What are Learning Disorders and how are they evaluated?
Learning disorders, also known as learning disabilities, are neurologically-based differences that impact reading (dyslexia), written expression (dysgraphia), and/or mathematics (dyscalculia). A learning disability is a neurodevelopmental condition, which means that it is based in the brain and is present in childhood. Learning challenges are typically apparent in early elementary school but may not be formally identified until later when academic demands increase. Individuals with learning disabilities often struggle in school and their academic performance does not reflect their intelligence. Learning disabilities often co-exist with other conditions like ADHD and anxiety/depression, which further impact learning. Evaluation of a learning disability typically involves clinical interviews, a review of educational records, standardized rating scales, and objective neurocognitive and academic testing. This information is then used to ensure an accurate diagnosis of learning disabilities, as well as any co-occurring conditions. Assessment and diagnosis of a specific learning disability are critical in determining the need for academic accommodations and interventions to best meet the individual’s learning needs.
A learning disability in reading is a learning difference that impacts reading skills (e.g., fluency, comprehension, etc.). Dyslexia is a specialized term for a specific type of reading disability that involves difficulties with phonological skills. Signs and symptoms of a reading disability/dyslexia include trouble learning how to read, difficulty sounding words out, trouble with spelling, letter confusion/reversals, dysfluent reading, etc. Contrary to popular belief, dyslexia is not “seeing” letters backward, but individuals with dyslexia may reverse letters when writing or confuse letter sounds. Dyslexia occurs frequently with other conditions, particularly ADHD and other learning disabilities like dysgraphia.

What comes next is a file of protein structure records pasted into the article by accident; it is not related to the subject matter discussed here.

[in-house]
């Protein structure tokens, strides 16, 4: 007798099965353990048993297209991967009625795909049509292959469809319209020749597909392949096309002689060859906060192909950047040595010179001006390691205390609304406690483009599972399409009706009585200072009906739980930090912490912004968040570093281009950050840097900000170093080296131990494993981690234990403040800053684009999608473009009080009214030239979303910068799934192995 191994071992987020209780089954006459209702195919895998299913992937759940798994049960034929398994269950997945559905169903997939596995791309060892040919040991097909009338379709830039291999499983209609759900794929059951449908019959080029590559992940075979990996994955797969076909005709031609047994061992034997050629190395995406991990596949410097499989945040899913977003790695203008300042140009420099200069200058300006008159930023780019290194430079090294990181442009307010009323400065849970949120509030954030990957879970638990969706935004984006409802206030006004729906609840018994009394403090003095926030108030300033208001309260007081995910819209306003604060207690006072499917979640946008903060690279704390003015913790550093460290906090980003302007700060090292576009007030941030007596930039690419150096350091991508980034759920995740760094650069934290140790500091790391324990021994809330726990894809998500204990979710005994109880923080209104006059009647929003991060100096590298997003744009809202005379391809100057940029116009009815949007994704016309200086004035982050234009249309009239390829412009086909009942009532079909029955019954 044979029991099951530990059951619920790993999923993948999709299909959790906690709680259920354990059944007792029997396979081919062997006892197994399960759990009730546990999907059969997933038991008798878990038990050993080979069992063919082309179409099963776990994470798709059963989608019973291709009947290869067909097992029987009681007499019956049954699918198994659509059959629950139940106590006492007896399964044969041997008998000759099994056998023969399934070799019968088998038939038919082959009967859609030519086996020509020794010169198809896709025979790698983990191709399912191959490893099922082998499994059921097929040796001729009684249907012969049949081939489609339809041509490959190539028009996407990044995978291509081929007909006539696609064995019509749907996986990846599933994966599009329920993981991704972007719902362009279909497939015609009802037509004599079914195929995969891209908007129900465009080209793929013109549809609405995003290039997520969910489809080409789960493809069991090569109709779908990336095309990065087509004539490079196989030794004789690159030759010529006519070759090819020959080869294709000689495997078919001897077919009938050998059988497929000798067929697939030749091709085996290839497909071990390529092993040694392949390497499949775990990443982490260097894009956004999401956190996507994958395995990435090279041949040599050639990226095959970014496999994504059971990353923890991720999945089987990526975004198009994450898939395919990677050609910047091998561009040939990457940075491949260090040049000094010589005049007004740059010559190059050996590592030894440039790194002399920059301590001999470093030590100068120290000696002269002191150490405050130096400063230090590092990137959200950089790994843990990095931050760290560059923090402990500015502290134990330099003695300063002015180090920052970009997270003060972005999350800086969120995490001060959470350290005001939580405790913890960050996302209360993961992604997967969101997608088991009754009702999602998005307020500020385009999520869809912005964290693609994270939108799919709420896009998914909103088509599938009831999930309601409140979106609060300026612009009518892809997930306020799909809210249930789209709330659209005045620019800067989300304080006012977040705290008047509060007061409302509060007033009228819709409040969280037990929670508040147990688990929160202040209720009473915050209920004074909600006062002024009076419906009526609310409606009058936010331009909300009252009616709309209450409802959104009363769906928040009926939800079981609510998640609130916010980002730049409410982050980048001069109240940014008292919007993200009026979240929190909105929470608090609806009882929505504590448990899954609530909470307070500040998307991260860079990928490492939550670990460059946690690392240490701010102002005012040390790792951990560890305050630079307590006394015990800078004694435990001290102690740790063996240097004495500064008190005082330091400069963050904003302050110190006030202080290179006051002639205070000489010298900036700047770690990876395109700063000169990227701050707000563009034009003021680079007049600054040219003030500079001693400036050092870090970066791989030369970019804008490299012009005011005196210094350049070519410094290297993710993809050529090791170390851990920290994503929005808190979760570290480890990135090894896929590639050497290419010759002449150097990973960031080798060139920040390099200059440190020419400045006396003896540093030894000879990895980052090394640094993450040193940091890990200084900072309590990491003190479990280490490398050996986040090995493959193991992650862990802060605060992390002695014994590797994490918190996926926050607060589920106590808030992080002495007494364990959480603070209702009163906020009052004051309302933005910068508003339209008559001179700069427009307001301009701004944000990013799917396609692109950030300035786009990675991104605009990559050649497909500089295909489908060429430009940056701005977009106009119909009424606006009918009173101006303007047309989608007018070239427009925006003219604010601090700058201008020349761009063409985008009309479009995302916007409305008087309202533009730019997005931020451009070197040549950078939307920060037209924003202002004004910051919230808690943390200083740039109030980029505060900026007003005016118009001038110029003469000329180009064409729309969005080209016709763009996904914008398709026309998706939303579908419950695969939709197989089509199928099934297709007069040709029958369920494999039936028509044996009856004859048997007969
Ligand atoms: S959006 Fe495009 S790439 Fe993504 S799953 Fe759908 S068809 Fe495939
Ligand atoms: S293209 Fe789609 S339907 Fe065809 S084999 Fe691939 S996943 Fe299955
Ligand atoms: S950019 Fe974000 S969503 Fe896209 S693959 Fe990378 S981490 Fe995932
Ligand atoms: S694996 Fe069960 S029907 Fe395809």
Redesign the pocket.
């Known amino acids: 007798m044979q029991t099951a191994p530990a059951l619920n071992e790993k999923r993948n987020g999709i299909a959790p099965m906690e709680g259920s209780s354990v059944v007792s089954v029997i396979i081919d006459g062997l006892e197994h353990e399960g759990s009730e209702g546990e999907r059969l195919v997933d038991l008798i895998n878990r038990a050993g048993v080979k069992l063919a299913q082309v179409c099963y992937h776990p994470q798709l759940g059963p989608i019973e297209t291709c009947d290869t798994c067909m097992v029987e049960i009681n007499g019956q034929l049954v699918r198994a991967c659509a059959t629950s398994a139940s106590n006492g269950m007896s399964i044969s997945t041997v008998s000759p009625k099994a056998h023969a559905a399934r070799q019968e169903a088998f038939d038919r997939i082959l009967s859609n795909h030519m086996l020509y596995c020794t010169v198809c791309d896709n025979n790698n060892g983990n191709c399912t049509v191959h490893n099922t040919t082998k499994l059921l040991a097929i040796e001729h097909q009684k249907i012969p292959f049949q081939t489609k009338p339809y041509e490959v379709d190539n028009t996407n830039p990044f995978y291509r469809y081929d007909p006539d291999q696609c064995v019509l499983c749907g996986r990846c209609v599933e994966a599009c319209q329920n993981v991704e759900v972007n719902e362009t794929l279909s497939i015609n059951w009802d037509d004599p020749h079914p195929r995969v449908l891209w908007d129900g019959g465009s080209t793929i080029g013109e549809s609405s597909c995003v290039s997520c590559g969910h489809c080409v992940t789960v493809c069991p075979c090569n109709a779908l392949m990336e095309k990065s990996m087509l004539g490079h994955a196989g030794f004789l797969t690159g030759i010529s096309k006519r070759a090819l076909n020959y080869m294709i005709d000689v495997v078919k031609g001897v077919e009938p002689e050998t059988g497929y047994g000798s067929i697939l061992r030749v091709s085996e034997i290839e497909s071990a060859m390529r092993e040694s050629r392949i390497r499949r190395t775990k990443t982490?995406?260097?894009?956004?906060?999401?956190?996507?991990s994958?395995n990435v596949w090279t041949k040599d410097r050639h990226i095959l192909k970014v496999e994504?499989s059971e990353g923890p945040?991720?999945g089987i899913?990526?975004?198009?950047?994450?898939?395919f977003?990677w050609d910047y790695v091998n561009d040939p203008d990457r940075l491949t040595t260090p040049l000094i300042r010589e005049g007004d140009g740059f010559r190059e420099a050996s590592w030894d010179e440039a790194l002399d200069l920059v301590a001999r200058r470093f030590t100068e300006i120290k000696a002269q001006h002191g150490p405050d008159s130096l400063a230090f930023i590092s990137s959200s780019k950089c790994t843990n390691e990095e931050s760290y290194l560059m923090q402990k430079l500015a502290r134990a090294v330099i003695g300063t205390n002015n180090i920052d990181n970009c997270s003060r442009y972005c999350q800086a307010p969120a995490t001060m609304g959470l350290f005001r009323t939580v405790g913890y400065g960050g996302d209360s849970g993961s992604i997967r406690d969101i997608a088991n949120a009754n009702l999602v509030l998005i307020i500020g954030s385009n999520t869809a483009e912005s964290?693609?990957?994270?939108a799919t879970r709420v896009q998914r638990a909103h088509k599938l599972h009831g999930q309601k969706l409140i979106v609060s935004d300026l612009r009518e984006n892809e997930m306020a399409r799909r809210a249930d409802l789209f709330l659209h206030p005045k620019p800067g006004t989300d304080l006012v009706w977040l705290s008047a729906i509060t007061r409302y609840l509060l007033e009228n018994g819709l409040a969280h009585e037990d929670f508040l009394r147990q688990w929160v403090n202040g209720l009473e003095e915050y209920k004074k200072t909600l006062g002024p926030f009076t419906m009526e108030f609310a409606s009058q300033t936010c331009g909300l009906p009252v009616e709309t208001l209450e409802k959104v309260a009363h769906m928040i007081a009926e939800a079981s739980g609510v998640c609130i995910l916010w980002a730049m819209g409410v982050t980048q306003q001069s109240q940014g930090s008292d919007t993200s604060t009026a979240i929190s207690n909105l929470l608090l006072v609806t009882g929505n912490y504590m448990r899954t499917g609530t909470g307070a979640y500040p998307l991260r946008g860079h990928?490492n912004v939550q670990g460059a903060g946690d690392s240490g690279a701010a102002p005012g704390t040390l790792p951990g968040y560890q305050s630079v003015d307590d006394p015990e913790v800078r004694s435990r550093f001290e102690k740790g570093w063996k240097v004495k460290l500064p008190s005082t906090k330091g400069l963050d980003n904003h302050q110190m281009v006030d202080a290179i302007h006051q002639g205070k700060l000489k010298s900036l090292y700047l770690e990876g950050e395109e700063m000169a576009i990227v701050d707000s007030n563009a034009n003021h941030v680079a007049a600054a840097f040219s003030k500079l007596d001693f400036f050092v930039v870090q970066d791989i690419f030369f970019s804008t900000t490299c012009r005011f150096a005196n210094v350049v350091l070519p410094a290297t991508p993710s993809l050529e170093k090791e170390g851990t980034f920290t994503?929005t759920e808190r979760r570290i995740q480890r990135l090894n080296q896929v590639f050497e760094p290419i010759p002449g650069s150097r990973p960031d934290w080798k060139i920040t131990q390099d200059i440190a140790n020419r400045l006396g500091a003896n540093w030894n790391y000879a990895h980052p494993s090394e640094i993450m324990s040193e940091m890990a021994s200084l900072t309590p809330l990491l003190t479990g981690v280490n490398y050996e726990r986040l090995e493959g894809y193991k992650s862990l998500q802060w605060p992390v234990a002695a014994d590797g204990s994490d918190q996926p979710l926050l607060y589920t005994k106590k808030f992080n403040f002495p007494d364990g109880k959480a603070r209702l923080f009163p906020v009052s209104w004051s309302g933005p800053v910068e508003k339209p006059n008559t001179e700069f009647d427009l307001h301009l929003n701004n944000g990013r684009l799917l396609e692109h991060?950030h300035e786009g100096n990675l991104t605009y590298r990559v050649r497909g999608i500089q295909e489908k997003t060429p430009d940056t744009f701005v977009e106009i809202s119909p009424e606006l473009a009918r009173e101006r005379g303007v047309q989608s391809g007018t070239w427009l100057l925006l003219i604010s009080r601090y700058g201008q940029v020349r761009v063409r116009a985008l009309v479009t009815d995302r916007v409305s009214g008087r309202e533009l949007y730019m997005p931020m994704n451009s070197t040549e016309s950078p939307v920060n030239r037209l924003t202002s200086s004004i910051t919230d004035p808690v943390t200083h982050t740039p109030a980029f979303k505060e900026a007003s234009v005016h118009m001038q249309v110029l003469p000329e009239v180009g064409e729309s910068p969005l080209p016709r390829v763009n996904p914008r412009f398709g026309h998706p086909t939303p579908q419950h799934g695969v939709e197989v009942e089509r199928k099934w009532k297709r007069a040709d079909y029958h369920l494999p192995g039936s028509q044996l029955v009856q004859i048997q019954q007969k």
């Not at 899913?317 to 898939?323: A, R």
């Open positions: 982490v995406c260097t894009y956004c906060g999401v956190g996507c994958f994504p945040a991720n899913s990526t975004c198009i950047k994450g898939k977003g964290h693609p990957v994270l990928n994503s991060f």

A learning disability in writing, or more specifically called dysgraphia, is a learning difference that impacts written expression. Dysgraphia is generally characterized by writing difficulties, both in terms of weakness in fine motor skills/handwriting and the ability to express thoughts in writing (e.g., difficulty with organizing or articulating thoughts on paper, marked difference between spoken and written understanding of a topic, tiring quickly/experiencing pain while writing, inconsistency in letter spacing and capitalization, poor spelling, etc.). Dysgraphia occurs frequently with other conditions, particularly ADHD and Dyslexia.
A learning disability in math, more specifically called dyscalculia, is a learning difference that impacts mathematics. Signs and symptoms of dyscalculia include difficulties with learning numbers and remembering basic math facts, having to count on fingers or use a calculator for simple calculations, trouble understanding concepts like more/less or right/left, difficulty recognizing patterns, and experiencing anxiety around having to perform math, etc. Dyscalculia frequently occurs with other conditions, like ADHD or Dyslexia.